Putin is also focused on establishing a new global economic bloc. Their intention is to pull together “BRICS+” countries (Brazil, Russia, India, China, South Africa, and other friends like Iran and North Korea) into a unified economic zone not dependent on SWIFT, NATO, or the European Union. Representing over 3 billion people, they intend to use XRP, a cryptocurrency run by the company Ripple, as a way to bypass SWIFT and avoid sanctions. Additionally, various oligarch interests are lining up around metals-backed cryptocurrencies. So rather than Bitcoin, they are opting for digital currencies backed by nickel, gold, copper, palladium, and the like — resources Putin and his allies have in ample supply.
Underlying Putin’s economic strategy to confront the West is a two-fold approach. First, to empower a global network of royalist, faux-royalist, and separatist networks, intent on challenging their national and local governments. Second, to implement the esoteric ideas of Russian “cosmist” Vladimir Vernadsky, later popularized in the West by Pierre Teilhard De Chardin, centered on the concept of a noosphere (“mind sphere”) — a kind of global brain theorized to emerge with the expansion of communication networks such as the Internet.
Putin is advancing the noosphere as an alternative to the system of individual state sovereignty which has been the norm since the treaty of Westphalia in 1648. As a 2020 RAND report lays out, Vernadsky and the “noosphere” concept is rather well-known in Russia, and is part of Russian Cosmism, a philosophy of science that challenges Darwin’s theories in favor of a more unitary, anti-positivist approach to exploration of the universe. Putin appears to be offering noocracy (literally “rule by the wise”) to his autocratic allies as an alternative vision to the perceived failures of sovereign liberal democracy.
Russia expert Marlene Laruelle dedicated the first chapter of her (free) 2018 book, “Russian Nationalism: Imaginaries, Doctrines, and Political Battlefields” to Russian Cosmism, stressing its centrality to the nationalist worldview. Putin’s Chief of Staff Anton Vaino claims to have invented a “nooscope,” a device to measure the global consciousness and our progress towards realizing the noosphere. Artifacts in the information warfare theater also suggest that Putin is, at least aspirationally, actively pursuing this approach — even as facts and reality continue to get in his way.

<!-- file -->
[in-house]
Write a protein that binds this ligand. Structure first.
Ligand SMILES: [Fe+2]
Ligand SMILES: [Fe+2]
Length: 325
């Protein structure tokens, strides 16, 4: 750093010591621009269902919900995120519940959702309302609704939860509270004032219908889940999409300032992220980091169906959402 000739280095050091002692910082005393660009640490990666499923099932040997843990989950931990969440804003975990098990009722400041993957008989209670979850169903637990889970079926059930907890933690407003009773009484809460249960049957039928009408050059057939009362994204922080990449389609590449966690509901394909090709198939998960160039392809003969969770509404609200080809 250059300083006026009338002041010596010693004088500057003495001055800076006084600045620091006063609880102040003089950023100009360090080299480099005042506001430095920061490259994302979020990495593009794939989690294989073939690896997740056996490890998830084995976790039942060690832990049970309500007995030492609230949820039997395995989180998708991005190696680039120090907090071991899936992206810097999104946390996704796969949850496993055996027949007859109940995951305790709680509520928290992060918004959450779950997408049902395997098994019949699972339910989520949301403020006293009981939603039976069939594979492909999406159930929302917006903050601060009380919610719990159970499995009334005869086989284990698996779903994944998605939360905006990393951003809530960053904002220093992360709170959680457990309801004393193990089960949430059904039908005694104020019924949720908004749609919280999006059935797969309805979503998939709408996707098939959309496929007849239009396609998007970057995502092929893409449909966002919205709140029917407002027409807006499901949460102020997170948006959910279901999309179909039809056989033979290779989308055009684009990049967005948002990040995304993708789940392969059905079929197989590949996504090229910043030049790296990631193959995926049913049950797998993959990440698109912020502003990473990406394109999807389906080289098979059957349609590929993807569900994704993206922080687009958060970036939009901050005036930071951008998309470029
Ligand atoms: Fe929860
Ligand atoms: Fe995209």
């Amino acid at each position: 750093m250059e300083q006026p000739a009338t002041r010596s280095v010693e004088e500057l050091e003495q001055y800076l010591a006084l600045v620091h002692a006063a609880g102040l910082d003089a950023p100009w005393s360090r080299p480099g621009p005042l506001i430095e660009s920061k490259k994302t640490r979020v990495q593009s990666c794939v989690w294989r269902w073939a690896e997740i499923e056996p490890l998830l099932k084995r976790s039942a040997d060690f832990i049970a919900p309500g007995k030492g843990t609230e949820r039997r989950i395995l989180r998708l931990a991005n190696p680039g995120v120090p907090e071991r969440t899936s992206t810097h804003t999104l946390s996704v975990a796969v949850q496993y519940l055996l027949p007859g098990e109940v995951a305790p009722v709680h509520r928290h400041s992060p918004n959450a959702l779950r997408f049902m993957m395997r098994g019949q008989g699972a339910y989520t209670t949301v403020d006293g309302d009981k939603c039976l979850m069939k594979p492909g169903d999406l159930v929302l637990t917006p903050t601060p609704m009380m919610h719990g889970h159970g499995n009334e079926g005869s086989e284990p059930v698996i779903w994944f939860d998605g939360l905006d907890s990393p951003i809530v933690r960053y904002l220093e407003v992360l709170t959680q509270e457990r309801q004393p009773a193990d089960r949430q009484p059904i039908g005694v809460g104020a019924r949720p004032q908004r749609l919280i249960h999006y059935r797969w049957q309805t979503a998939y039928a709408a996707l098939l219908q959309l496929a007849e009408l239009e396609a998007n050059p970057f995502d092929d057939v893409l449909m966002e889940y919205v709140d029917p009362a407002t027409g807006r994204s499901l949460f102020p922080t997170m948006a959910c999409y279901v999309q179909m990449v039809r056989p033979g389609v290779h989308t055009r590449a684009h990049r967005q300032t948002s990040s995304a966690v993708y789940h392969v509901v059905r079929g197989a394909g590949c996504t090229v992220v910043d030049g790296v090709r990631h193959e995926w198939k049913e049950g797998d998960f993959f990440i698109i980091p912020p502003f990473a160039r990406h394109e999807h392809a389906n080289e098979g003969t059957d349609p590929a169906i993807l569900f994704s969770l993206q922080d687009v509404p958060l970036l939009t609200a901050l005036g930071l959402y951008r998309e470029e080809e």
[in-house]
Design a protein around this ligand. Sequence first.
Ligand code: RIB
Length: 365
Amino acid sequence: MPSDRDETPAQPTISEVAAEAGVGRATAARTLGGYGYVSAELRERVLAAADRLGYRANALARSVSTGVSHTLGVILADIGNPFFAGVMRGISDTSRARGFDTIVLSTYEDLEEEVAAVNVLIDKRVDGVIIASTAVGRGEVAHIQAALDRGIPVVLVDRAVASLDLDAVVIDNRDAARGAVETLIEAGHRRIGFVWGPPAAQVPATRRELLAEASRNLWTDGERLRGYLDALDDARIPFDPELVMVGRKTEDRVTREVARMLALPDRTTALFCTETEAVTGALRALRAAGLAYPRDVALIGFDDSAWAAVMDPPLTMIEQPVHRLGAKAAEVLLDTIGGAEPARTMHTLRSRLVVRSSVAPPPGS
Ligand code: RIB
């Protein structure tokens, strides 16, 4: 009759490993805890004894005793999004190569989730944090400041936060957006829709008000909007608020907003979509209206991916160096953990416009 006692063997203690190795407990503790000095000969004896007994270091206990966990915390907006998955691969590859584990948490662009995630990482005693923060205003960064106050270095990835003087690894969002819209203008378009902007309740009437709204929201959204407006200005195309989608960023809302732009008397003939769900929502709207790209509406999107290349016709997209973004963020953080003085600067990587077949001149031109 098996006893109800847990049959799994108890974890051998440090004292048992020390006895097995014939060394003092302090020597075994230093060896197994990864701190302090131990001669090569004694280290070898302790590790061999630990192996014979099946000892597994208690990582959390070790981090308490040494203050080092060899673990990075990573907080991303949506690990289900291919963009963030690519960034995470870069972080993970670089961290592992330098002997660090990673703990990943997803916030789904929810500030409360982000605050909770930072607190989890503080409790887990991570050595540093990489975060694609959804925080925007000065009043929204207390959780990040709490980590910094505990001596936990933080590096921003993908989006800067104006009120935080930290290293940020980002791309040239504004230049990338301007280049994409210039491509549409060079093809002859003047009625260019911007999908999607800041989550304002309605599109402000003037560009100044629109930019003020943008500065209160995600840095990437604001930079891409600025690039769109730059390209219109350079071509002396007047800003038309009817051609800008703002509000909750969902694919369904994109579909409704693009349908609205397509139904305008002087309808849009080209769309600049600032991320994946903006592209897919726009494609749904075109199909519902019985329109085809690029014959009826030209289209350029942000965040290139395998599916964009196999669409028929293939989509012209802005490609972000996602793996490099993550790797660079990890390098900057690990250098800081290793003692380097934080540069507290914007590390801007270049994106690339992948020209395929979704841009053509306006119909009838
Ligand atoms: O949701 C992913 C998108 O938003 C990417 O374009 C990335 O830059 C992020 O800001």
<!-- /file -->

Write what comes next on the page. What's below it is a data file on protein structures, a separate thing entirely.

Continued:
We are hard at work on an investigation that will lay all this out. Western analysts should expand their thinking about the nature of this conflict, its scope, and the ideas that animate it. Tuning the knobs on the set — voting out a few politicians, or sending aid to Ukraine — is necessary but not sufficient to address the broadly scoped 4th generation total and spiritual war we now find ourselves in. Grasping the breadth of the conflict requires looking in places few care to look, and applying imagination far beyond what we’re used to seeing displayed on cable television news.
Dave Troy is an investigative journalist focused on exposing threats to democracy. Based in Baltimore, his background as a technologist with an interest in studying online extremism affords him a unique perspective. His work has appeared at MoMA in New York, and he is a fellow with New America Foundation’s Future Frontlines. Dave writes regularly about information warfare, history, and politics. He is the host of the podcast Dave Troy Presents, and speaks regularly at conferences on disinformation, extremism, and information warfare. Contact information is available at davetroy.com.